Brown Having Quiet Season For Browns

By TOM WITHERS, AP Sports Writer

BEREA, Ohio (AP) - His name can't be found quickly in the team's statistics, and Cleveland's No. 92 hasn't been seen in the Browns' locker room lately, either.

Courtney Brown is missing.

The former No. 1 overall draft pick hasn't recorded a sack in his five games this season and, last Sunday, the 6-foot-4, 280-pound specimen nicknamed "The Quiet Storm" got a new label.

Tampa Bay's Warren Sapp described him as "soft".

Sapp's not alone.

As each game passes without Brown (pictured, above) tackling a quarterback behind the line of scrimmage, more Cleveland fans are wondering about the Browns' third-year defensive end.

Is he overrated, or underappreciated?

Brown may not be living up to fans' expectations, but he has the unwavering support of his coaches and teammates. They say that Brown gets double-teamed on nearly every play and that his unselfishness is making the Browns' defense better.

"We try to be objective and honest about Courtney's play," Browns coach Butch Davis said. "He's making some plays at times that he gets absolutely no credit.

"We made a little cut of film to study it. There was half a dozen times (against the Buccaneers) where he gets chipped by a back coming out of the backfield, the tight end hangs or the guard or center goes to his side."

On one play, Brown had to fight off three Tampa Bay blockers before turning the play inside so linebacker Earl Holmes could make the stop.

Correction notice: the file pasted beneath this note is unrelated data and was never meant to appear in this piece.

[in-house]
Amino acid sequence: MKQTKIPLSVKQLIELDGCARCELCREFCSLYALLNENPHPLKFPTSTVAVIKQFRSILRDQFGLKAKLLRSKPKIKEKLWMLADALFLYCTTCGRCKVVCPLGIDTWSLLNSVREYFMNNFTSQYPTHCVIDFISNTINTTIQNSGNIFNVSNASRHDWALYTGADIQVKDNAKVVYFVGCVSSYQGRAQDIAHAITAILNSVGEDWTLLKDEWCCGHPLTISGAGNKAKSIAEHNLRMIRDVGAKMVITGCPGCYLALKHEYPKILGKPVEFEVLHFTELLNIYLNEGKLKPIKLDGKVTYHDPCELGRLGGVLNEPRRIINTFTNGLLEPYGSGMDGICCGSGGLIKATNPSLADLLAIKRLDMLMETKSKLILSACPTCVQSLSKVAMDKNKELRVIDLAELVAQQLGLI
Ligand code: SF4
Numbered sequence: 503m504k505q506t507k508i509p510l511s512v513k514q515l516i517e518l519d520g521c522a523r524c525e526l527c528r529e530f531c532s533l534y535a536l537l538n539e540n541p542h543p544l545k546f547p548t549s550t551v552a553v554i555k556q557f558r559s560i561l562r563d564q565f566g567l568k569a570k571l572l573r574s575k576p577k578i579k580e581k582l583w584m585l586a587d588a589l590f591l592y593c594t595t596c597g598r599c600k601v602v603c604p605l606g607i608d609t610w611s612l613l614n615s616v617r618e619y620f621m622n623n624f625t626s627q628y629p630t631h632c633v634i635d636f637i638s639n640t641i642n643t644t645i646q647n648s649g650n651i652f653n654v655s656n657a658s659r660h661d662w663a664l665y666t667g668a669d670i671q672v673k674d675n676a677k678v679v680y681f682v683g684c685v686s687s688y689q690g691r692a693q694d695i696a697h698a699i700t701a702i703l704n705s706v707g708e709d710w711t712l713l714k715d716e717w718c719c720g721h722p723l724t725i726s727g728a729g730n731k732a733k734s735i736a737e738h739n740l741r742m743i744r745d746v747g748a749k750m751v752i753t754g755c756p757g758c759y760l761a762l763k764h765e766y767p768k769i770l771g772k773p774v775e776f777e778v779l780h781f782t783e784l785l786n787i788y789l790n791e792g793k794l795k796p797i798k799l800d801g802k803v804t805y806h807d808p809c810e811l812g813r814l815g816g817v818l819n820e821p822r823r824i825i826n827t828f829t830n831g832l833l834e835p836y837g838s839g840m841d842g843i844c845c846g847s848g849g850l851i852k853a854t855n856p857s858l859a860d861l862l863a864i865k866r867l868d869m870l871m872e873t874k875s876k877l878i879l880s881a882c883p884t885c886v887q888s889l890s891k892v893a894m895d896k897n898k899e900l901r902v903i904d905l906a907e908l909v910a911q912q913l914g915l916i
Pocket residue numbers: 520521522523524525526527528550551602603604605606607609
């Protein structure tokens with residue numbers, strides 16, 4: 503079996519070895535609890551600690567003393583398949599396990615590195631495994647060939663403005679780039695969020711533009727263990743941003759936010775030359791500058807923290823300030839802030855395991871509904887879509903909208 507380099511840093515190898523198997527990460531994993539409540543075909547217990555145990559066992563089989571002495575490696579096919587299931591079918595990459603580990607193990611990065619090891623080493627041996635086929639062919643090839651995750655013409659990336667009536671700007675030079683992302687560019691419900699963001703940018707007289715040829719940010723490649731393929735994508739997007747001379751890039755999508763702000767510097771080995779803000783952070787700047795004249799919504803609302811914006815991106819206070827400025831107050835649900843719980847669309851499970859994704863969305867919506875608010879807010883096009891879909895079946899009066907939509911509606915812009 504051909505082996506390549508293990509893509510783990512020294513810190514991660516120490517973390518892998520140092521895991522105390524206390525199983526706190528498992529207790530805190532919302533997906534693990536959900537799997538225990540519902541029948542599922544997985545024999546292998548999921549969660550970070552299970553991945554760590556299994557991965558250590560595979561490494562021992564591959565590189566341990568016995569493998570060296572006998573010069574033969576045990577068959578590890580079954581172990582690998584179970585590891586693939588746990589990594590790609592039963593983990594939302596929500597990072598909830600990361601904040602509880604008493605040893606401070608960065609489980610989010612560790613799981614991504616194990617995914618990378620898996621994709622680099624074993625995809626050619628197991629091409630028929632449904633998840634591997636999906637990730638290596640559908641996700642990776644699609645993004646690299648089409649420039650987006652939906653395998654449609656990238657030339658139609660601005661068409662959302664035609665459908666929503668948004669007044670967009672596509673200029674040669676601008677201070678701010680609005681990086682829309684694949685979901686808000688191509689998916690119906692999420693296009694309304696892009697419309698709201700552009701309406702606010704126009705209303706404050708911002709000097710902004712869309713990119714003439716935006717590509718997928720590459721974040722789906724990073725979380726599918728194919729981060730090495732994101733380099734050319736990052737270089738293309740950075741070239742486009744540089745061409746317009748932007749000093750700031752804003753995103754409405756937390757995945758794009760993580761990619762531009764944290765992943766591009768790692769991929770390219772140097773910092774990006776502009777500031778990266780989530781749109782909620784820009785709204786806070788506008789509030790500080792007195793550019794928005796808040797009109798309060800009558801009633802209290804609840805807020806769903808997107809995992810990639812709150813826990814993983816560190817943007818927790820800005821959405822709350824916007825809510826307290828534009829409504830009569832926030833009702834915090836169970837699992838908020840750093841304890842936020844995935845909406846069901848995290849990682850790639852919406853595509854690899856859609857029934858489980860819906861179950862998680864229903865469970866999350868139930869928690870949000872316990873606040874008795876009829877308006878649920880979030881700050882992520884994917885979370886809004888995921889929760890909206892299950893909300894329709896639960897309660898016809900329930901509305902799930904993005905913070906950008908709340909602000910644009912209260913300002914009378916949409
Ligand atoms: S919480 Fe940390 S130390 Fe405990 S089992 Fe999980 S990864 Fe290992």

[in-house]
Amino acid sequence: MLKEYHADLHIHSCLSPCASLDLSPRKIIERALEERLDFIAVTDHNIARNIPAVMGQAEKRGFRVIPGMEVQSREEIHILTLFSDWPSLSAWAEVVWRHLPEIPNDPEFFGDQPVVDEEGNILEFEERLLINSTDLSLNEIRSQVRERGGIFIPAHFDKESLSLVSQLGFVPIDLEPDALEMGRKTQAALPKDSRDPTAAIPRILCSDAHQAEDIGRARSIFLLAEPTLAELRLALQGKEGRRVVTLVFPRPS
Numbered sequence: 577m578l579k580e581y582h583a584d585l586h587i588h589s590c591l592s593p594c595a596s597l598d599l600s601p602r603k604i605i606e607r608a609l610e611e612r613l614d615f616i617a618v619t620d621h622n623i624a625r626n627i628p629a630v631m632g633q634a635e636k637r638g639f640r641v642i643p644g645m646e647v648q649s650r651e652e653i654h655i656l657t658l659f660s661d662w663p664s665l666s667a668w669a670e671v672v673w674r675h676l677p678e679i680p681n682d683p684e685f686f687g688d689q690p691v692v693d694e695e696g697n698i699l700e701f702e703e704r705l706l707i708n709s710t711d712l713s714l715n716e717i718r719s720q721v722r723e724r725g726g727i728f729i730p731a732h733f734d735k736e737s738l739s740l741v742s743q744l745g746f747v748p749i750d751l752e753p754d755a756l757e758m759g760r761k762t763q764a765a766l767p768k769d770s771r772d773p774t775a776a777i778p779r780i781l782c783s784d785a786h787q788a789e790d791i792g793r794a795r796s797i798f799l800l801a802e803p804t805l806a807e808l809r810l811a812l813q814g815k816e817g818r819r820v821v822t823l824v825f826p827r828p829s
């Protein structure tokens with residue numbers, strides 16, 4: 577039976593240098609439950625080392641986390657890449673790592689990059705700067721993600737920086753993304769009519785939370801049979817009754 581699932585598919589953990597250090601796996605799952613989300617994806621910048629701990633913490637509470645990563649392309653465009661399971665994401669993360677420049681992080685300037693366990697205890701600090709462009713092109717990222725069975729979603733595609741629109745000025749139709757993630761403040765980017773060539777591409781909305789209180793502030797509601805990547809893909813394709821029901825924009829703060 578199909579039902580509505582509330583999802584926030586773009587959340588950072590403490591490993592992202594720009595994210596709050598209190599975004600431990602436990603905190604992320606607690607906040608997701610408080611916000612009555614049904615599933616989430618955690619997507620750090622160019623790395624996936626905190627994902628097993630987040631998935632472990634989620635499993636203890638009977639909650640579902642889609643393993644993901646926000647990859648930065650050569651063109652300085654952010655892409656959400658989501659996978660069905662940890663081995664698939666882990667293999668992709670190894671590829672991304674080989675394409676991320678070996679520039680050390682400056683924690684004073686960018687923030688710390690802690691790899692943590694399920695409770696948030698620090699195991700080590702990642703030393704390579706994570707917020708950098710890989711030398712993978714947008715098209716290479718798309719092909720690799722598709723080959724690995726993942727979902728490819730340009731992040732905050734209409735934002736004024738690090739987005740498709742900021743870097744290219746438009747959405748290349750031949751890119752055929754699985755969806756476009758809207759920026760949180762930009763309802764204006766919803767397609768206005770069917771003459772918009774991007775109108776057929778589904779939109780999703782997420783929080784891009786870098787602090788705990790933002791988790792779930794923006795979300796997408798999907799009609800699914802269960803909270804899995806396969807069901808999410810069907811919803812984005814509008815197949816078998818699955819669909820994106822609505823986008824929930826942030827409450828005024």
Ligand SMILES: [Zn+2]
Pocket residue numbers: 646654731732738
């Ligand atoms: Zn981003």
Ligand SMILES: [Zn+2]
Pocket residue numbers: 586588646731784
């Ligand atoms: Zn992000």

On another snap, Brown was blocked by two tight ends, but managed to rush Bucs quarterback Brad Johnson and apply enough pressure to force a hurried throw.

The public's perception is that Brown isn't making enough big plays.

The Browns feel otherwise.

"If Courtney was just going after sacks, believe me, he would have a bunch of them," cornerback Corey Fuller said. "He's just an all-around football player. He's getting a lot of pressure. The sacks are going to come."

Last season, Brown showed flashes of becoming a dominant force in the Bruce Smith or Reggie White mold.

After missing the first six regular season games, Brown had a dazzling debut against Chicago. He recorded seven tackles and three sacks, knocked down two passes and returned a fumble 25 yards for a touchdown.

It was a tease of his awesome potential. Now, Browns fans want to see it all the time.

One of the problems is that the Browns, who had 43 sacks last season, are using a different defensive scheme this year. The emphasis is on stopping the run, not getting to the quarterback.

Cleveland also is without Pro Bowl linebacker Jamir Miller, the AFC's sacks leader in 2001, who is out for the season with a ruptured Achilles' tendon.

Brown missed one game with a neck injury, but even when he's been healthy, the Browns have recorded just one sack. The lack of production may not be Brown's fault, but he's taking the blame.

"If he tried to pass rush on every down, there would be big gaps in the middle and teams would be running the ball," said Browns end Kenard Lang. "The next minute, people would be saying, 'Courtney can't stop the run.' So he stops the run and people say, 'Courtney can't get any sacks.'"

Brown hasn't worried about defending himself. He hasn't spoken to reporters during the regular season, perhaps because he doesn't want to address his sackless year so far.

Sapp did. After going in at tight end and blocking Brown on a play near the goal line, Sapp, the Bucs' trash-talking tackle screamed at Brown.

"I told him he was soft," Sapp said.

The remark didn't bring a response from Brown, but it angered many of his teammates.

"Anytime anybody attacks a member of your family, it upsets everybody," quarterback Tim Couch said. "I think Courtney feels the same way. I'm sure he can't wait to get out on the field and show everyone that Sapp wasn't right about what he said."

Browns fans sure hope not.

(Copyright 2002 by The Associated Press. All Rights Reserved.)